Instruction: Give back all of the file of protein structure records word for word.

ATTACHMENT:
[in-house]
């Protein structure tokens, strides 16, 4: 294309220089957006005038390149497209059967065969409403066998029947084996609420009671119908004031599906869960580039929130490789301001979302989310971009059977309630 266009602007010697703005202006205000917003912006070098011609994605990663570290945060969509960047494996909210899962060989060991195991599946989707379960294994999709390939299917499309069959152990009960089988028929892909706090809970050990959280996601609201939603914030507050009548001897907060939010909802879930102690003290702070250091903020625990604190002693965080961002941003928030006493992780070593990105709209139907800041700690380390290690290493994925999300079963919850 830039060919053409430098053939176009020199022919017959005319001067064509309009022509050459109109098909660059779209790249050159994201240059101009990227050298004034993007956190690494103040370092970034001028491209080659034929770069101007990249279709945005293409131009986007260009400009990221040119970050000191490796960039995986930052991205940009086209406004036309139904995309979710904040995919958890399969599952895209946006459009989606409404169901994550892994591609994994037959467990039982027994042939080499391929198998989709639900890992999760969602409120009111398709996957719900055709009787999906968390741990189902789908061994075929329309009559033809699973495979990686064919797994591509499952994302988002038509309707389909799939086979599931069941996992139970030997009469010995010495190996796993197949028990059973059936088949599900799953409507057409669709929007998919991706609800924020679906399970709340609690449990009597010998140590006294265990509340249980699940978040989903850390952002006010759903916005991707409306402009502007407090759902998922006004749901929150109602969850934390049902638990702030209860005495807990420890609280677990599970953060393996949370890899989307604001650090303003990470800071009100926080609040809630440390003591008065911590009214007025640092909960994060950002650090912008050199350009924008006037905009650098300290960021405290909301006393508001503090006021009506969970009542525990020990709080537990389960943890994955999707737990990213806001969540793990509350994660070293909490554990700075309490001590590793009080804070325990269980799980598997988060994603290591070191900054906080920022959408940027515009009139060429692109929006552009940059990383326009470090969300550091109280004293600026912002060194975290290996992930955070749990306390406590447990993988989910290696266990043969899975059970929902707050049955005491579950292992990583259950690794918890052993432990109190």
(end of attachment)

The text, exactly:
[in-house]
């Protein structure tokens, strides 16, 4: 294309220089957006005038390149497209059967065969409403066998029947084996609420009671119908004031599906869960580039929130490789301001979302989310971009059977309630 266009602007010697703005202006205000917003912006070098011609994605990663570290945060969509960047494996909210899962060989060991195991599946989707379960294994999709390939299917499309069959152990009960089988028929892909706090809970050990959280996601609201939603914030507050009548001897907060939010909802879930102690003290702070250091903020625990604190002693965080961002941003928030006493992780070593990105709209139907800041700690380390290690290493994925999300079963919850 830039060919053409430098053939176009020199022919017959005319001067064509309009022509050459109109098909660059779209790249050159994201240059101009990227050298004034993007956190690494103040370092970034001028491209080659034929770069101007990249279709945005293409131009986007260009400009990221040119970050000191490796960039995986930052991205940009086209406004036309139904995309979710904040995919958890399969599952895209946006459009989606409404169901994550892994591609994994037959467990039982027994042939080499391929198998989709639900890992999760969602409120009111398709996957719900055709009787999906968390741990189902789908061994075929329309009559033809699973495979990686064919797994591509499952994302988002038509309707389909799939086979599931069941996992139970030997009469010995010495190996796993197949028990059973059936088949599900799953409507057409669709929007998919991706609800924020679906399970709340609690449990009597010998140590006294265990509340249980699940978040989903850390952002006010759903916005991707409306402009502007407090759902998922006004749901929150109602969850934390049902638990702030209860005495807990420890609280677990599970953060393996949370890899989307604001650090303003990470800071009100926080609040809630440390003591008065911590009214007025640092909960994060950002650090912008050199350009924008006037905009650098300290960021405290909301006393508001503090006021009506969970009542525990020990709080537990389960943890994955999707737990990213806001969540793990509350994660070293909490554990700075309490001590590793009080804070325990269980799980598997988060994603290591070191900054906080920022959408940027515009009139060429692109929006552009940059990383326009470090969300550091109280004293600026912002060194975290290996992930955070749990306390406590447990993988989910290696266990043969899975059970929902707050049955005491579950292992990583259950690794918890052993432990109190």